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Wind counsel prefers PILOT; Host-community deals are risky, McAuliffe says  

Jefferson County’s counsel on negotiations with wind farm developers told the Board of Legislators that a payment-in-lieu-of-taxes agreement through the Industrial Development Agency would be preferable to a host-community agreement for the disbursement of any funds from the developers.

“Host-community payments don’t have any statutory basis,” attorney Kevin R. McAuliffe said during a presentation to legislators Tuesday. “Aren’t we better off going with an agreement that is enforceable and has meaningful economic expectations?”

Mr. McAuliffe, Syracuse, was retained in November after helping Lewis County with its PILOT negotiations with wind power developers. First, he reminded legislators that no wind farms would develop without granting tax breaks to the developers.

To create a standard policy, Mr. McAuliffe said, bringing together the county, towns and school districts involved in wind power projects would yield the fairest consideration for each.

“My recommendation is somehow to start the dialogue with everyone at the table,” he said. “Without everyone in agreement, development won’t occur.”

The community would have to consider its needs and cost in any project, as well as what it wants back from the developer and how that would be distributed.

“I would wait for the distribution of money until last,” he said.

Mr. McAuliffe explained to legislators and about 20 members of the public that a PILOT agreement through the Industrial Development Agency would be the best solution. He said that, unlike PILOT agreements, host community agreements are vulnerable to being broken since they have no basis in law.

“A host-community agreement could be challenged in the future and then the community has lost that money,” Mr. McAuliffe said.

PPM Energy, which is proposing the Horse Creek Wind Farm in the towns of Clayton and Orleans, has offered separate PILOT and host community agreements. Clayton and Orleans would share the host community agreement.

And Mr. McAuliffe ruled out another PILOT option – putting wind farms on the tax-exempt roll. Under the law for that option, the property would become fully taxable again in 15 years. Mr. McAuliffe said that inflates the wealth index for a school district, harming its ability to get state aid.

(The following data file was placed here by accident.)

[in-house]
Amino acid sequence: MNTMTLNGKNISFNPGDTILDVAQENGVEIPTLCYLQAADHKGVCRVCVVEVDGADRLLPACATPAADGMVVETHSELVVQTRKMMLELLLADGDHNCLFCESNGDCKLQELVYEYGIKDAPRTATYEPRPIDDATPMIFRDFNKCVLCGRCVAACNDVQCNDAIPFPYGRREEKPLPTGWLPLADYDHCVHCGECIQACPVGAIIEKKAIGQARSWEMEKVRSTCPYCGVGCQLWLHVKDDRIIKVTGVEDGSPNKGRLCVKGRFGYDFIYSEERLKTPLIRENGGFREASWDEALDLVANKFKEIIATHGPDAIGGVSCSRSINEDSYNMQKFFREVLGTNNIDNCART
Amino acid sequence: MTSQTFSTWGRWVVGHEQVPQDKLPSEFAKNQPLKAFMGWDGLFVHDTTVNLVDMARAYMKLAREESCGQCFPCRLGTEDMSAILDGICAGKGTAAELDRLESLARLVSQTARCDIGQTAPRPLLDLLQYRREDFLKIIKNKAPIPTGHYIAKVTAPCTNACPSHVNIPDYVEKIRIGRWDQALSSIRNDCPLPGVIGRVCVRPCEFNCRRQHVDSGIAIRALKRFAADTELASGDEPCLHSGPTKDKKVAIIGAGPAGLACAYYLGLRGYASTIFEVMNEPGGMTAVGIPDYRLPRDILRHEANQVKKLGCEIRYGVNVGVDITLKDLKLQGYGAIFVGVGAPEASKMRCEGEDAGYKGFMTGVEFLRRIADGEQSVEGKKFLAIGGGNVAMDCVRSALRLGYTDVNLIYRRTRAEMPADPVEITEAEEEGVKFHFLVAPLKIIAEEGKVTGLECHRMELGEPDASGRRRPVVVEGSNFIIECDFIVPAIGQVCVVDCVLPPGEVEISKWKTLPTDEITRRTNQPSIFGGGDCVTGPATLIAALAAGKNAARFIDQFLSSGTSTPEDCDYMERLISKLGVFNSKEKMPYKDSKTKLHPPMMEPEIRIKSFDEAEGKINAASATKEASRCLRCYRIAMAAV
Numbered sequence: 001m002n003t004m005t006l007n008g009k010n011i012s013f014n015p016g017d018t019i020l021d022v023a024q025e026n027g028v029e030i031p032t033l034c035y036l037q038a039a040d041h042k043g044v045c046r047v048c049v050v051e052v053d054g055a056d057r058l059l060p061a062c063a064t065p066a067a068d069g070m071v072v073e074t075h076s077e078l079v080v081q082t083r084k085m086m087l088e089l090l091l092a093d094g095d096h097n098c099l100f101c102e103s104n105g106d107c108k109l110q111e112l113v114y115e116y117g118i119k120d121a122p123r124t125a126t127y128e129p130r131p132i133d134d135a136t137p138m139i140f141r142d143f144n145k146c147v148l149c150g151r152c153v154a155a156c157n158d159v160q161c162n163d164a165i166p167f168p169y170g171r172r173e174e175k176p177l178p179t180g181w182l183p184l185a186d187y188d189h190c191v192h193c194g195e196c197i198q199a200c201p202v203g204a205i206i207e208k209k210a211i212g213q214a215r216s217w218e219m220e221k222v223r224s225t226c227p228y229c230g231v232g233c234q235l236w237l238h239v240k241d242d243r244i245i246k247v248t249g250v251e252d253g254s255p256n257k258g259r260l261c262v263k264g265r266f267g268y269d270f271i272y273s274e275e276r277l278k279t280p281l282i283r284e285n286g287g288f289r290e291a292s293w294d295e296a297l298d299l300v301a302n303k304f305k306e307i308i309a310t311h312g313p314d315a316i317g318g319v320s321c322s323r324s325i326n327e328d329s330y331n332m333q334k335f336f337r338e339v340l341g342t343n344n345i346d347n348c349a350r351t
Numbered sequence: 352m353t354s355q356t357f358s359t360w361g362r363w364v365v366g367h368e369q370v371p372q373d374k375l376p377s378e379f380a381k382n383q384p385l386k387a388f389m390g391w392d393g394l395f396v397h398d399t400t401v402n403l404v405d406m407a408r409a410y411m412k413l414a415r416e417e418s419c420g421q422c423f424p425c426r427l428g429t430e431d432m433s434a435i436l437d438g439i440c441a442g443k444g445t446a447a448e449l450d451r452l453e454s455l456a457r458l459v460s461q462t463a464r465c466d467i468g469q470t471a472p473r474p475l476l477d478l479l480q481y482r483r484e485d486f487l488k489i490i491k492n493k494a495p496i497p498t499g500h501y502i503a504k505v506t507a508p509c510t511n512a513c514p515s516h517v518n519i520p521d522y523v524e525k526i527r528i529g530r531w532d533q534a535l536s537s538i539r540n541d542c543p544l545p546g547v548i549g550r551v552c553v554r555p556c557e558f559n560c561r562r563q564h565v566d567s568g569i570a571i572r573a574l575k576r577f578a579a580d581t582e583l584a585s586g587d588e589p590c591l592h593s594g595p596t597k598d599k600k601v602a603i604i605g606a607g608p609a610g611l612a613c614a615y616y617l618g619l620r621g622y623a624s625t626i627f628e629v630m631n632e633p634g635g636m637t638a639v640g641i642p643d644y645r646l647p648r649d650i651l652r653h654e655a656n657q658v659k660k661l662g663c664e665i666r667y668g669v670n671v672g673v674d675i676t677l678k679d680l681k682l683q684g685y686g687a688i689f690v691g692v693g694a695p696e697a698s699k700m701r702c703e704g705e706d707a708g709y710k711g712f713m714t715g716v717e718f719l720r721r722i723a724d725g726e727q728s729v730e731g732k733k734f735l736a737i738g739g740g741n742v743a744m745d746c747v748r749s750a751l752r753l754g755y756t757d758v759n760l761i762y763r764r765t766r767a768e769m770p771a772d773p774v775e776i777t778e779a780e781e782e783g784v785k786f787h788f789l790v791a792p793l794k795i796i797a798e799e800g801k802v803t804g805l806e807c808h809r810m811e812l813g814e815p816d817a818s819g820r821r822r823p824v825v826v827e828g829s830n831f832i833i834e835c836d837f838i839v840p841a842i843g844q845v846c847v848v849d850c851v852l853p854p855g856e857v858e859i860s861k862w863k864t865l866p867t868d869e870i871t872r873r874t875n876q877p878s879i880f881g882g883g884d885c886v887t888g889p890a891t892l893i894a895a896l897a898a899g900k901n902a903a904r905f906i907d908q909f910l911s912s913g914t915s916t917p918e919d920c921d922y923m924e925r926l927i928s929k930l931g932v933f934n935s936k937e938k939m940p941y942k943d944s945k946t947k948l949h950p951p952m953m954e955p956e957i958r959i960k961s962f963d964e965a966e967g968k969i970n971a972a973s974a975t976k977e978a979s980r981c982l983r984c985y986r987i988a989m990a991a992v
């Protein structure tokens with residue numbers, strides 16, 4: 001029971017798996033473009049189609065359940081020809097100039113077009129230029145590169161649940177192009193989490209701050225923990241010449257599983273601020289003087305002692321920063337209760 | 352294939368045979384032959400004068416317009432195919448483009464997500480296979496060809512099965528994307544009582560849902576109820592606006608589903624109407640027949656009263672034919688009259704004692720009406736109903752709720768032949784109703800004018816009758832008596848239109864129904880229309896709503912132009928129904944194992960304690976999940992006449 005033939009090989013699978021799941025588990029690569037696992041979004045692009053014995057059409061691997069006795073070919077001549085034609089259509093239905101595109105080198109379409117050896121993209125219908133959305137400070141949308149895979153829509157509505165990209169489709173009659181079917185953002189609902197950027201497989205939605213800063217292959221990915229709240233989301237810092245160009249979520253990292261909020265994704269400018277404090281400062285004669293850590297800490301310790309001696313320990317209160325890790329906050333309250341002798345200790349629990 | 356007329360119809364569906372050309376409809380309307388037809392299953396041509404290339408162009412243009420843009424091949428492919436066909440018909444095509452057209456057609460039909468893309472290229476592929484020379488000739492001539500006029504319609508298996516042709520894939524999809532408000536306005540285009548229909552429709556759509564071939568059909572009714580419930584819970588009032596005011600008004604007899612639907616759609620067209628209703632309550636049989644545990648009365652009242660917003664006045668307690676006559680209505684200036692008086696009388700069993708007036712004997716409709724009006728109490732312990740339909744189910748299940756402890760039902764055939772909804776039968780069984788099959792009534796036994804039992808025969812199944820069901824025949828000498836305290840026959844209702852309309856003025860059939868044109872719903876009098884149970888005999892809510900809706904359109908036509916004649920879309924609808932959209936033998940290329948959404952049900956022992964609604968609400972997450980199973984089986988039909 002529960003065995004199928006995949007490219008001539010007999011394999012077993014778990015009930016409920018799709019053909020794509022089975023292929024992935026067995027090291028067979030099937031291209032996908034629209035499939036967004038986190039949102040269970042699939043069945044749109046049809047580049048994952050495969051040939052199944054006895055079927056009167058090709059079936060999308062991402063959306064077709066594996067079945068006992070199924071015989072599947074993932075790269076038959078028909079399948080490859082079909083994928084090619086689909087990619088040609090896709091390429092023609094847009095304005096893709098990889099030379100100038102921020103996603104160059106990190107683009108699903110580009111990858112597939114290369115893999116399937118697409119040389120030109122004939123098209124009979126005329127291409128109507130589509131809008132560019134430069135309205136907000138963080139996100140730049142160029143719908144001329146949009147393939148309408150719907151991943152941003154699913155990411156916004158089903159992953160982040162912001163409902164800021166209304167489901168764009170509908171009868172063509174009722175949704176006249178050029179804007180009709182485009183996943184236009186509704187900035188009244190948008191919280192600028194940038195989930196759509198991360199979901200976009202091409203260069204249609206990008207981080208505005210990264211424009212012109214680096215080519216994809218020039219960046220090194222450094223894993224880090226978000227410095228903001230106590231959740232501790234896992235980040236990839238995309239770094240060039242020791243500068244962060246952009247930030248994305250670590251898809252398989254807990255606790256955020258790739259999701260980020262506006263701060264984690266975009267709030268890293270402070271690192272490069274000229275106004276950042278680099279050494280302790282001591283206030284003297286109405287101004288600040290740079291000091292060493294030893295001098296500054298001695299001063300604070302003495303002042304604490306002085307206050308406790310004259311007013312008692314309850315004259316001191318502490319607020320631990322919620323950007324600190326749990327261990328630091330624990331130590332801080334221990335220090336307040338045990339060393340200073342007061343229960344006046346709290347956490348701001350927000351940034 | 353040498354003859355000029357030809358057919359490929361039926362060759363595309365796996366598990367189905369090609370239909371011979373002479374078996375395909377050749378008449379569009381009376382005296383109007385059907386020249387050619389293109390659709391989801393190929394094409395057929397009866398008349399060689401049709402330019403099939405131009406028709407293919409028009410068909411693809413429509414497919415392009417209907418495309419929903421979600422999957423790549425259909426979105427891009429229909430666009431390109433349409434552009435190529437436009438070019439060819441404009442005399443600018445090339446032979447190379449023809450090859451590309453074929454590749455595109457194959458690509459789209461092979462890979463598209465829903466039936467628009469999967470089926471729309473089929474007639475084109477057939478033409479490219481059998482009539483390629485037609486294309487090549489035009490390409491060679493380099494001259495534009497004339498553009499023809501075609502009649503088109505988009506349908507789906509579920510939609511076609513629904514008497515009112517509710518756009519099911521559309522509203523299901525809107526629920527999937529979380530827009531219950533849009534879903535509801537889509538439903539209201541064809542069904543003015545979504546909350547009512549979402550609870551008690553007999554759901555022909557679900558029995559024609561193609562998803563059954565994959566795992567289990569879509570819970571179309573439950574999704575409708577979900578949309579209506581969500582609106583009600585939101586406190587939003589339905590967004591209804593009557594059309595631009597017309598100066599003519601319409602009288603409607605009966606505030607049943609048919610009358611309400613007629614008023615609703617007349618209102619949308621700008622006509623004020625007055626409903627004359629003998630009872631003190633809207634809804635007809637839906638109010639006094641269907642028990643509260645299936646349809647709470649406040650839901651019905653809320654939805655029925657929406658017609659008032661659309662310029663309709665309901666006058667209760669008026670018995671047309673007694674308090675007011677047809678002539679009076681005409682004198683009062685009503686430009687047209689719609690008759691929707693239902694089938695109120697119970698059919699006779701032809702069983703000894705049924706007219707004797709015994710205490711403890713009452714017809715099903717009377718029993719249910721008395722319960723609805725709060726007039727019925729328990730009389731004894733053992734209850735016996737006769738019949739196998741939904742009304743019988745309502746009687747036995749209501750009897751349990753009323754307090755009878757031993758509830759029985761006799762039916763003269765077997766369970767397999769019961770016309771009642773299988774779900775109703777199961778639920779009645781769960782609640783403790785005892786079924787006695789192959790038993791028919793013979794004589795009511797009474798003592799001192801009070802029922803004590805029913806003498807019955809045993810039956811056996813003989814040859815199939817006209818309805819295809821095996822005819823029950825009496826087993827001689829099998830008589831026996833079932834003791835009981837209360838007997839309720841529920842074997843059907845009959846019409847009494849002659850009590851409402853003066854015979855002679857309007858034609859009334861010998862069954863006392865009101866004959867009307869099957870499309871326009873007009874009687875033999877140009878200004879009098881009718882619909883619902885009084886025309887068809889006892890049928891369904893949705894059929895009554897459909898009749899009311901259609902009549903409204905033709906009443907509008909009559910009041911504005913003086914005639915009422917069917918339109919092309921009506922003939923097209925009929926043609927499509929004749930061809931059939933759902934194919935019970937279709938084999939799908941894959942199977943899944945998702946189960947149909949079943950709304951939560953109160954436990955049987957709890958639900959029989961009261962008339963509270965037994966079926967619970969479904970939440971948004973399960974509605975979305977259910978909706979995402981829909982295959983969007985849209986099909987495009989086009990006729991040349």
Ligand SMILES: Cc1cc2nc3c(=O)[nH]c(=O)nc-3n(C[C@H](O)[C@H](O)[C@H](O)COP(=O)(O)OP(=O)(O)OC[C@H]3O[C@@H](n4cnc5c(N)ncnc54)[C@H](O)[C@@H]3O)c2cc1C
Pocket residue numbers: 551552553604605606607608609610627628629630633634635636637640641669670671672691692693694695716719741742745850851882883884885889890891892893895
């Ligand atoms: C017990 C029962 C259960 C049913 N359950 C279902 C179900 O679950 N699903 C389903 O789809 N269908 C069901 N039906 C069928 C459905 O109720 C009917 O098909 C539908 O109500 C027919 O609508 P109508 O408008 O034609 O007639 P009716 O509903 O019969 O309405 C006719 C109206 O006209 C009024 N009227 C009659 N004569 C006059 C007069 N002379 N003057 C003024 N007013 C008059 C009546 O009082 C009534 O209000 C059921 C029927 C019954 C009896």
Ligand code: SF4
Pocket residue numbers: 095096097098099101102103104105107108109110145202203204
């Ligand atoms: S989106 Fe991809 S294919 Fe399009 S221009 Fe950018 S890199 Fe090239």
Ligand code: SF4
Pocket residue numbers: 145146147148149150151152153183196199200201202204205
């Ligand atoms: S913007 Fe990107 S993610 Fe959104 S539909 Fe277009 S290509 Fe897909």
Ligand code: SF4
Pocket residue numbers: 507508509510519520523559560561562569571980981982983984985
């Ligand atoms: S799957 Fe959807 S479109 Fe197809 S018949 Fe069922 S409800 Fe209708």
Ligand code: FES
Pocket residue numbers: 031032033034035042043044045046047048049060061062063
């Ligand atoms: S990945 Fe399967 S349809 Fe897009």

Instead, he promoted negotiating one PILOT agreement through the Industrial Development Agency for all the involved taxing jurisdictions. Understanding that there is a limited amount of money available, the best approach is “with everyone at the table,” he said.

Mr. McAuliffe also encouraged legislators not to allow “suffix” parcels. They are pieces of property on a tax map that are not tied to any legal documents. If developers use them for leasing property from local landowners but do not pay property taxes, the legal landowner would be responsible for the taxes on the turbine and the small piece of property where it sits.

That would put the landowner and the county in peril. The county is responsible for paying whatever expected taxes are not collected by defaults in towns and school districts. “The county could find itself in a difficult position,” Mr. McAuliffe said.

Instead, he said landowners should subdivide parcels, in effect selling the parcels to themselves, but have the tax bill sent to the wind farm company. That would give the county a legal trail for tax liens, and the county would foreclose only on the turbine, not the local landowner.

By Nancy Madsen
Times Staff Writer

Watertown Daily Times

6 February 2008

This article is the work of the source indicated. Any opinions expressed in it are not necessarily those of National Wind Watch.

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